The unreliability of the wifi internet connection in our London hotel lobby was annoying to us all, to say the least. It was impossible for me to get a post out either of the last two nights. But Sunday was was a good day. We attended the 11am Sung Eucharist at Holy Trinity, Sloane Square, a lively parish in a vibrant shopping district, and it was my joy to accept the invitation of the rector to be the celebrant for the liturgy, a great honor. (The photo of us all before the service is on the diocesan Facebook page.) Afterward, we hopped on our bus and made our way to a dock on the Thames right across from the iconic ferris wheel (the Eye), and boarded a tour boat for a cruise down the river (yet, oddly, against the flow, as the tide was rising strongly), disembarking at the Tower of London (the Traitor's Gate, through which once passed many malefactors and other enemies of the state, is no longer accessible via the river). After self-selecting into smaller groups for the purpose of finding lunch, we passed through the admission gate and spent the next two hours in this place that is so historically important. At 5:15 we returned to our bus and were driven to All Saints' Church, Margaret Street for Choral Evensong & Benediction of the Blessed Sacrament. All Saints' was one of the standard bearers of the Catholic Revival in the Church of England in the 19th century, and is a feast for the senses--visually, musically, and olfactorily. We were warmly welcomed. We got back to the hotel around 7:30, and went various way (under benign but vigilant supervision) in the neighborhood for dinner. Many chose Indian, others pizza.
Yesterday we reported to the bus at 9:15 and were taken to St Paul's Cathedral, the seat of the Diocese of London (and its some 900 parish churches), and the 17th century architectural masterpiece of Sir Christopher Wren. We had a wonderful unscheduled guided tour from a volunteer docent who just happened to be available. The young people particularly enjoyed the opportunity to climb the stairs to the Whispering Gallery in the cathedral dome, and two or three intrepid ones further up to an outdoor observation area. We then walked across the Millennium Bridge (pedestrians only) to the Tate Modern art museum. We didn't go there to look at art, but to avail ourselves of the various eateries for lunch. Then, at 1pm, it was next door to the Globe Theatre--not Shakespeare's original, but an accurate replica thereof. We enjoyed another splendid guided tour, and got to watch part of a dress rehearsal for a production of "Julius Caesar." Then, after some down time in the hotel area, we were driven to the Victoria Station area for dinner, and then the musical "Wicked" at a nearby theater. Another memorable day.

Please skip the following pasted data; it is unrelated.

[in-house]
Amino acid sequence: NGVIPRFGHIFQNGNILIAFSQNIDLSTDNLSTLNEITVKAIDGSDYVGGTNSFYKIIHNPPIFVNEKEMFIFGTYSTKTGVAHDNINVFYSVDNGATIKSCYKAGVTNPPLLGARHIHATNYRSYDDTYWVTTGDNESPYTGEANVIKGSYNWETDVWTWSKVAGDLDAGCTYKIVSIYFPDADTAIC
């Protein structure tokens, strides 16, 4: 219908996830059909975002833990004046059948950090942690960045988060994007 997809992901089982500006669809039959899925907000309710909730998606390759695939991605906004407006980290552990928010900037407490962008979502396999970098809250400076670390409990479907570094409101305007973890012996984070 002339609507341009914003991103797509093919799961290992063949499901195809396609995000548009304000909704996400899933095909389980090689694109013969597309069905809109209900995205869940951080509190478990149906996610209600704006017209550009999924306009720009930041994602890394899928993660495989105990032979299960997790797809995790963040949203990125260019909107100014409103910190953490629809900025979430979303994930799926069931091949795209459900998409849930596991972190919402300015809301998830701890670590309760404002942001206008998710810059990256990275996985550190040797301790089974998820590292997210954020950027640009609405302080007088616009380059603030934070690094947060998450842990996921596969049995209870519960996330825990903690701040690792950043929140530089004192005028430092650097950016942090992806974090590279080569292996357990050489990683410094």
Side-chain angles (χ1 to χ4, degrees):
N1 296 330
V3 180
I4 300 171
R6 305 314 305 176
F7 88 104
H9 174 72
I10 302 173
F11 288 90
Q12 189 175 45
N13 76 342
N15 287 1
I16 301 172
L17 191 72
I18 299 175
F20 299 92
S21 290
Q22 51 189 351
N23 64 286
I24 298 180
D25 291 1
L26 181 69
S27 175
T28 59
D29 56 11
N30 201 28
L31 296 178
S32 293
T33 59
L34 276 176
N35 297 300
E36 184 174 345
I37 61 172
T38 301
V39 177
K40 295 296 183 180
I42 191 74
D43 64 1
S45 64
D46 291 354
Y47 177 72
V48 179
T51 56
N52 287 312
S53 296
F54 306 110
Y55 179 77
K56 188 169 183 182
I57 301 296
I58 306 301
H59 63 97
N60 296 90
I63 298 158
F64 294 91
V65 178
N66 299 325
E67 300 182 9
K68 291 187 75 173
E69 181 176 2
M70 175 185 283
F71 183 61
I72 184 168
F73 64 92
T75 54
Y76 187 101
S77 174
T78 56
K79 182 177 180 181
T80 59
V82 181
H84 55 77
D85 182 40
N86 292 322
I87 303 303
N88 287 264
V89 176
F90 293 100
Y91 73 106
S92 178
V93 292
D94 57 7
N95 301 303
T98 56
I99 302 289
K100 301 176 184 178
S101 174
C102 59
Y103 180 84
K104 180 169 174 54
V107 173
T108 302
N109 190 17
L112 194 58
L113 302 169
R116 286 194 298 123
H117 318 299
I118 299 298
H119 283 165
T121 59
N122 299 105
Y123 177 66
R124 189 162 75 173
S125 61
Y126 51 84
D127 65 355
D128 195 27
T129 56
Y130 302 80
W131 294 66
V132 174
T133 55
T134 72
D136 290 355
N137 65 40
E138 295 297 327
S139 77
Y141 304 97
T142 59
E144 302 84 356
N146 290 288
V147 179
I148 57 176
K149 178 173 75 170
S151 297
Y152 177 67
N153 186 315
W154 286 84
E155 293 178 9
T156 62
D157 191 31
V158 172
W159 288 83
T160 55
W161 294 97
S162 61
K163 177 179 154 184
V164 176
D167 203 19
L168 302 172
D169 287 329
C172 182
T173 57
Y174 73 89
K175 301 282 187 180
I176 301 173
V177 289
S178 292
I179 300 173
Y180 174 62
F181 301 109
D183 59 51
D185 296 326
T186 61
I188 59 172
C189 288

This morning our call time was earlyish--7:45am, with bags packed, having already availed ourselves of the hotel breakfast. We loaded up the coach and wound our way through central London traffic toward Cambridge, which is only 45 minutes by express train, but it took us two hours because there is nothing that Americans would call a freeway or expressway that actually comes into the heart of the city, so there are a lot of what Californians call "surface streets" to negotiate before getting to the open road. We were greeted in Cambridge by another splendid guide, who took us on a walking tour, the highlight of which was the magnificent chapel of King's College, with its full complement of original equipment stained glass still intact, the only collegiate chapel or cathedral in England that was not ravaged by the Puritans. We enjoyed lunch in the market square area, and then re-boarded our coach and continued northward and eastward into rural Norfolk, arriving in the ancient village of Walsingham around 3:30. We walked the final half-mile or so of the medieval pilgrimage route to the Shrine of Our Lady of Walsingham. There we were greeted energetically by Bishop Lindsay Urwin, who was kind enough to share with us the experience of drinking and being signed with and otherwise reveling in water from the medieval well, which has long been said to be one of those "thin places" where the Holy Spirit ministers healing in a special way. We were all deeply moved. We then joined in the regular 5pm celebration of the Eucharist. After some time to enjoy the grounds, it was back in the bus for about a 90 minutes drive from Norfolk and Lincolnshire into the fens and the cathedral city of Peterborough. We checked into a lovely hotel called The Bull, and enjoyed a pre-arranged dinner in their restaurant.